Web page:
11 Simple Ways To Eat Healthier This Week
I've said it before — I don't do well with diets, food restrictions, or "lifestyle overhauls," and I've learned with time that simple, achievable changes are actually way more effective in my life. If you're in the same boat, the good news is there are a ton of ways to eat healthier right now that don't require you to never eat a grain of sugar or potato ever again.
It's taken me all of my teens and most of my 20s to fully accept the fact that extreme dieting, consisting of stretches of intense mental focus and restrictive eating, and notions of "never again will I ever eat [insert food X]" simply does not work for me. Maybe if I lived in a vacuum in which I never saw another muffin or piece of cheese again it would be possible, but until then I have learned to accept the fact that I will likely never cut anything 100 percent and completely out of my life, and instead should just focus on making healthier day-to-day choices that will hopefully add up to better health and fitness in the long-run.
I've also found that the feeling of deprivation I get from super restrictive eating patterns (i.e: no refined carbohydrates) means that when I fall off the wagon, I fall hard. I don't just eat the two cookies I might have normally had, but instead I eat all ten. It's just my body's reaction to days or weeks of being told "No!"
If you're tired of thinking of health in terms of extremes and just want some easy tips for living healthier, here are 11 simple ways to eat healthier this week.
1. Double The Vegetables
This is a crazy simple tip from Registered Dietician Sidney Fry for Cooking Light; when making a recipe, such as a soup or pasta, simply double the amount of vegetables. "You are already doing the prep work; so a little extra chopping can go a long way for your vegetable intake," she said. Plus, she noted that for most recipes the added veggies will not alter the flavor. This also means you'll be doubling all the good-for-you fiber, vitamins, and minerals with each serving.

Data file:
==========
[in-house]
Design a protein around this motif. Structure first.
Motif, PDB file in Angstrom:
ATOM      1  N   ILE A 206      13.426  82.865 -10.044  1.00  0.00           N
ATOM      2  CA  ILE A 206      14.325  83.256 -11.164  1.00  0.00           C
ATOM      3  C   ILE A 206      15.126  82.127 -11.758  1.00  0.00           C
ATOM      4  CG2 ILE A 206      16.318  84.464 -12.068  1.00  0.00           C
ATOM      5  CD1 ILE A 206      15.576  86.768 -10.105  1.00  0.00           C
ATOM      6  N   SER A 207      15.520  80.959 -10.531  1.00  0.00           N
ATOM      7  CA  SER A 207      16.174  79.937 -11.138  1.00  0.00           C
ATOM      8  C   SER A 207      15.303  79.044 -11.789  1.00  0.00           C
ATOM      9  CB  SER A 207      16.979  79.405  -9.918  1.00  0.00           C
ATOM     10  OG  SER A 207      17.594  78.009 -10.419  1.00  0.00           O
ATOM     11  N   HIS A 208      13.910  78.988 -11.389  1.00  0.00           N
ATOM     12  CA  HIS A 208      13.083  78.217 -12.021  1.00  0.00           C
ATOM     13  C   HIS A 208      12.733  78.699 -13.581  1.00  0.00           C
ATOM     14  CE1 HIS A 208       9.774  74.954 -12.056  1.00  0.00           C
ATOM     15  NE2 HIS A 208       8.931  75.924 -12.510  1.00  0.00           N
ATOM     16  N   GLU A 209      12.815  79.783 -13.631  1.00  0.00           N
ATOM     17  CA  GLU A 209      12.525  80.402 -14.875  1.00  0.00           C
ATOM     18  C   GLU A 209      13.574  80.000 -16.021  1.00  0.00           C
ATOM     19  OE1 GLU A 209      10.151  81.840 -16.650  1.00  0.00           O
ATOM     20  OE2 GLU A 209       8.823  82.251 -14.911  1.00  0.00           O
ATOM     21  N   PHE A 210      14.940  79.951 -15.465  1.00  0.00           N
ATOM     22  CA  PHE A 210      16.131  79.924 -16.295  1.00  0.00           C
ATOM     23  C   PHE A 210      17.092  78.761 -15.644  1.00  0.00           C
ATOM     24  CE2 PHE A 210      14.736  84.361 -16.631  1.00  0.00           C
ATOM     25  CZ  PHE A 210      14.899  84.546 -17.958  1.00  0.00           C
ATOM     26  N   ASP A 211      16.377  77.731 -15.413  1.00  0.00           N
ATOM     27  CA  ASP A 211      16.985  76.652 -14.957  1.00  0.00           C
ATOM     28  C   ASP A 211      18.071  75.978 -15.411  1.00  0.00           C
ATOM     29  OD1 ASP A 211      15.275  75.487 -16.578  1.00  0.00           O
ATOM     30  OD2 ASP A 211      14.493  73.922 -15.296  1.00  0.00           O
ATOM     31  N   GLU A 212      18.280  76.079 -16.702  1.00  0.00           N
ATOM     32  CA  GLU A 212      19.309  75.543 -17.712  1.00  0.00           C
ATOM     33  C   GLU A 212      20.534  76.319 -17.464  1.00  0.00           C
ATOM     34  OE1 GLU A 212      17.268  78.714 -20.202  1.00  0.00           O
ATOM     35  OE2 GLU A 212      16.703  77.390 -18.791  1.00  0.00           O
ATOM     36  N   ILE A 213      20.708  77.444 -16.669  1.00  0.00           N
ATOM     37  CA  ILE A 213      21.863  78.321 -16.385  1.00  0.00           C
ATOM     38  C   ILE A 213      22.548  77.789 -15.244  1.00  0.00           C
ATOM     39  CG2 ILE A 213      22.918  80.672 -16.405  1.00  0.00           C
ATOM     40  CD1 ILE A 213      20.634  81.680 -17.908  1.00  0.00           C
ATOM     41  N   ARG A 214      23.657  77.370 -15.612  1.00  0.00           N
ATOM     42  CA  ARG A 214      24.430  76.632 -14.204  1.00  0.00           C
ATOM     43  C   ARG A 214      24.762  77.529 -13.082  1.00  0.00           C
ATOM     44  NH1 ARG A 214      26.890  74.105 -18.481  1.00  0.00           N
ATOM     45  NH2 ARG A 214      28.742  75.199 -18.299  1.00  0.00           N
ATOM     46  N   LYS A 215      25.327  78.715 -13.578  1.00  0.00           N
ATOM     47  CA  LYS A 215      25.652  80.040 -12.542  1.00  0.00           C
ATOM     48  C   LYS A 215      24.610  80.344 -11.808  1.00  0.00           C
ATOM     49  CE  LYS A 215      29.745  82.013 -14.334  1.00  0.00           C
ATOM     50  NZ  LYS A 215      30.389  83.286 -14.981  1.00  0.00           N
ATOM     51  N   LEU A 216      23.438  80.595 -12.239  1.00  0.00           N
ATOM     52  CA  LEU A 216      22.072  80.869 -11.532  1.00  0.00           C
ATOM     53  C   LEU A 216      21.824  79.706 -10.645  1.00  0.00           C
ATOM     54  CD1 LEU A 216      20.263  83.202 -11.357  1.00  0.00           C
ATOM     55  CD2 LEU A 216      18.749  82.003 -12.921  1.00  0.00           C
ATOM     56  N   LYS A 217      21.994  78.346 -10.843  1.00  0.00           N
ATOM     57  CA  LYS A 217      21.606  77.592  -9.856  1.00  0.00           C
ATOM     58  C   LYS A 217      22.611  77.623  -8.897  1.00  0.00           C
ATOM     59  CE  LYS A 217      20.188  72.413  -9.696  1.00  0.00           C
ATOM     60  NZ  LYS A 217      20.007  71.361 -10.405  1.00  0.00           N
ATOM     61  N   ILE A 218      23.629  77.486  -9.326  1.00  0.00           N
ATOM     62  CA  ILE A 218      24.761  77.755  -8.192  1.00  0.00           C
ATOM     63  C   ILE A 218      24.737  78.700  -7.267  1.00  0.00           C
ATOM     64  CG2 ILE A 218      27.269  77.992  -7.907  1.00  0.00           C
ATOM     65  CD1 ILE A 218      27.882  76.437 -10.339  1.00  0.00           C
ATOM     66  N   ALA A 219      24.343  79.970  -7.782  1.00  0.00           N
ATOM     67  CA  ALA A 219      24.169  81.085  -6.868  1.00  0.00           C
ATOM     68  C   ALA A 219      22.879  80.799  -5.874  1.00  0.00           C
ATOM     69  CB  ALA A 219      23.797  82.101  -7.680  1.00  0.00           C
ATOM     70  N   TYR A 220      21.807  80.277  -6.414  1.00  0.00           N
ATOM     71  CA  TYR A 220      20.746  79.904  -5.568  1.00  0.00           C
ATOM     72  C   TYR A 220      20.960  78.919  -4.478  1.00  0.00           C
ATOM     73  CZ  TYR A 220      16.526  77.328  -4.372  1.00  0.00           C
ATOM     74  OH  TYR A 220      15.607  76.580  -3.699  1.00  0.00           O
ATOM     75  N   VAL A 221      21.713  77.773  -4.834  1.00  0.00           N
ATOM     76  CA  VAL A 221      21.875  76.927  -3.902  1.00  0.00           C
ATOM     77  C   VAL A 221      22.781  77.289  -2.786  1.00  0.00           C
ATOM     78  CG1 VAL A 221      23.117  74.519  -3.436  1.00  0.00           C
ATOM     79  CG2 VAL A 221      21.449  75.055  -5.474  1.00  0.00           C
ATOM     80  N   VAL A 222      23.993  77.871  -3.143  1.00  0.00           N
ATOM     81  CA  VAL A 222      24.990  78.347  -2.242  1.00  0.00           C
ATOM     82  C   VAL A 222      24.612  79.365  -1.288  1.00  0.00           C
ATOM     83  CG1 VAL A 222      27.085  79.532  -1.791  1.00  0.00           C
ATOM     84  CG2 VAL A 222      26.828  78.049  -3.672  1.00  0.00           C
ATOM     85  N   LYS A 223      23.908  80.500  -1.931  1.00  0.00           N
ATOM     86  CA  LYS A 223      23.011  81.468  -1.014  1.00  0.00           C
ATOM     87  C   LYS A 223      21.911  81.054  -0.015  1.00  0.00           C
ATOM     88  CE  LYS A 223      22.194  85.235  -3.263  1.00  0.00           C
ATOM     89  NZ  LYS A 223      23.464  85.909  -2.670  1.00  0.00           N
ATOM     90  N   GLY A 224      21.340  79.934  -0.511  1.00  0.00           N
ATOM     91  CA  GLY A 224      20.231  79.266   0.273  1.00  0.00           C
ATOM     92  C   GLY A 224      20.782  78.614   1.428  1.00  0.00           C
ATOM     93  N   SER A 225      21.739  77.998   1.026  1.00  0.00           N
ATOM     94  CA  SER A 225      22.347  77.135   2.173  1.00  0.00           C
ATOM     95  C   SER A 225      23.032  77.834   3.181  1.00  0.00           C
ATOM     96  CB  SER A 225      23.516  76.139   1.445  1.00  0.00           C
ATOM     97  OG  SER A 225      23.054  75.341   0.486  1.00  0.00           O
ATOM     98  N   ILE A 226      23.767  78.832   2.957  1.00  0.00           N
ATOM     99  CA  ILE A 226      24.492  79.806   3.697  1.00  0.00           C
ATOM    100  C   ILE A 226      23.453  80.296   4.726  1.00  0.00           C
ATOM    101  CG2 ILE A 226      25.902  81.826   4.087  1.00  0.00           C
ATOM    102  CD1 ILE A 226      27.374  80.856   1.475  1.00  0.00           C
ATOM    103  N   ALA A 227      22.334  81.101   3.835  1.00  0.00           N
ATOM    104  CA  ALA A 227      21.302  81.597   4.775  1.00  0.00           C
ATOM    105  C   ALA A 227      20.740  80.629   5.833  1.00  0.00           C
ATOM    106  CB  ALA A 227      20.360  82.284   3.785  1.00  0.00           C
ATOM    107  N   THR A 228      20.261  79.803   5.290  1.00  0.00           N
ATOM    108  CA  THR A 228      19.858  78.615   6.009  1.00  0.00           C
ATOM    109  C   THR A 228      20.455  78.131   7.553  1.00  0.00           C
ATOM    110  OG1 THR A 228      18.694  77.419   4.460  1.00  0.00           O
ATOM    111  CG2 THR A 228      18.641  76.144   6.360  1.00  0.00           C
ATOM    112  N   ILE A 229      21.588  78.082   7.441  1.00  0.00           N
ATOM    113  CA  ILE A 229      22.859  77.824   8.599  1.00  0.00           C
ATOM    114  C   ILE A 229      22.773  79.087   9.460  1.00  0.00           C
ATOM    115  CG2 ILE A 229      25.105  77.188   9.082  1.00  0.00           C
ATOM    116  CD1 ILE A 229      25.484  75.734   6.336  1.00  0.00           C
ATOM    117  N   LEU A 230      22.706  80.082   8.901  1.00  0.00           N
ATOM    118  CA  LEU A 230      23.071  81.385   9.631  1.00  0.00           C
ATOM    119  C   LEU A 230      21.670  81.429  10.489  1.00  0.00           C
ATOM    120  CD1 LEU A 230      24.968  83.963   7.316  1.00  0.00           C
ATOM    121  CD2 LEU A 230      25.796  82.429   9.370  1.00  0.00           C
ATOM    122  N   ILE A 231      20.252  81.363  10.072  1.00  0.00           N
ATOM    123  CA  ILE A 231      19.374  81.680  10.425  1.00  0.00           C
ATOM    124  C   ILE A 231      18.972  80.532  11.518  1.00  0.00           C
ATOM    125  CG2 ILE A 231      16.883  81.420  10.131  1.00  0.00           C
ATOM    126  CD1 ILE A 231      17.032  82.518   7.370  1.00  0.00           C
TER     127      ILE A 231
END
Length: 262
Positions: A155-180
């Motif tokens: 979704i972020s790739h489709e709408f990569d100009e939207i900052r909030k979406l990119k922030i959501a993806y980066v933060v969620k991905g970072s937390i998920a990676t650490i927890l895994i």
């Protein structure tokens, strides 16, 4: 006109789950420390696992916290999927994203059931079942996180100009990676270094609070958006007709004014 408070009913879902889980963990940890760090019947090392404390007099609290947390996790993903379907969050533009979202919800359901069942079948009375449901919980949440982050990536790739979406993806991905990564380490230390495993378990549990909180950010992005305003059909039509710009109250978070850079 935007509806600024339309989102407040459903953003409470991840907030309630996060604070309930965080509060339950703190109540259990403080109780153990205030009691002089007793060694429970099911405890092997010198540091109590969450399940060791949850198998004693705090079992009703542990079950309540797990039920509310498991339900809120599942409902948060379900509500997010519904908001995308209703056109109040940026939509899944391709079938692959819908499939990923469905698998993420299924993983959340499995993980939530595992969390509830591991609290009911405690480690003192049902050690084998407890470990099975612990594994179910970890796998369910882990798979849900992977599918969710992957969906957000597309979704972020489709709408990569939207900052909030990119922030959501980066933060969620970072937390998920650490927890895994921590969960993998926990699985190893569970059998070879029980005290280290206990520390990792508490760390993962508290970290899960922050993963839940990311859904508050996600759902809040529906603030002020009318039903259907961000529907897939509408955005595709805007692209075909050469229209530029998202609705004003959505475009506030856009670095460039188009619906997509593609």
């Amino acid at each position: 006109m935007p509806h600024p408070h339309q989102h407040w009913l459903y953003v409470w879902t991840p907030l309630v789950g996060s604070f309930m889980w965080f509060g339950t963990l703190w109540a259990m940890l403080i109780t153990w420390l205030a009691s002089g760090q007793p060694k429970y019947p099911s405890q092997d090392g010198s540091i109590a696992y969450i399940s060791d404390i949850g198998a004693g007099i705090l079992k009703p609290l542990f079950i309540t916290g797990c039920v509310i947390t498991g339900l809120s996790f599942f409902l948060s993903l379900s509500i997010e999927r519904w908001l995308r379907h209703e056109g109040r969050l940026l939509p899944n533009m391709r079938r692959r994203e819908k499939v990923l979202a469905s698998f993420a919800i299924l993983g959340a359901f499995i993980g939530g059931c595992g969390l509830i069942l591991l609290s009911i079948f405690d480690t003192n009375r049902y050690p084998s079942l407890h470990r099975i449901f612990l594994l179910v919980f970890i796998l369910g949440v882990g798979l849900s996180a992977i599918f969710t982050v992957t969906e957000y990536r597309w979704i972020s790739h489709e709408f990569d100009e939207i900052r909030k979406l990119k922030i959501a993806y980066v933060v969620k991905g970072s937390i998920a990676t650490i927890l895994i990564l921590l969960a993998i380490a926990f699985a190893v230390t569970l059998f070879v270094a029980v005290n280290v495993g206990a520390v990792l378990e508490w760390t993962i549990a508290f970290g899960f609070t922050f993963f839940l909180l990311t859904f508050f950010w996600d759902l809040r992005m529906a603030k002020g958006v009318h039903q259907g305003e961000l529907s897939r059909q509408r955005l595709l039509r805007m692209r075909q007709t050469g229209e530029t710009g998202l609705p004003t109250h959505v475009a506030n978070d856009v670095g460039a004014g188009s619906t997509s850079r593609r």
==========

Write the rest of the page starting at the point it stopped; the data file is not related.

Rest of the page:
2. Swap A Side — Or Order Two
This is a personal tip: When eating out, automatically swap the given side for veggies. However, if you really, really want those fries or mashed potatoes, then order both the fries and the veggies, and make sure you eat the greens first. We sometimes tend to think we have to make "all or nothing" decisions when it comes to our health, but in reality we can usually meet somewhere in the middle.
3. Load Up Veggies On Other Foods
And in the spirit of meeting in the middle, a piece for Cooking Light on ways to get more vegetables recommended simply packing non-veggie foods with vegetables whenever possible. For example, order the extra veggie pizza instead of the pepperoni, or ask for extra lettuce, tomatoes, and onions on your burger. That way you won't completely miss out on the foods you love, but can also be sure you're getting a dose nutrients in every bite.
4. Experiment With A New Dessert
If you know you have a sweet tooth and that you'll always want a little something after dinner, you can capitalize on it as a way to consume even more good for your nutrients. A compilation piece on healthy dessert recipes for Shape highlights things like chocolate cake recipes with hidden beets, ice-creams that are actually banana-based, and truffle recipes that use caramelized potatoes instead of flour and sugar. Make a game of it and try a new nutritious dessert every week!
5. Swap Out Caffeine Six Hours Before Bed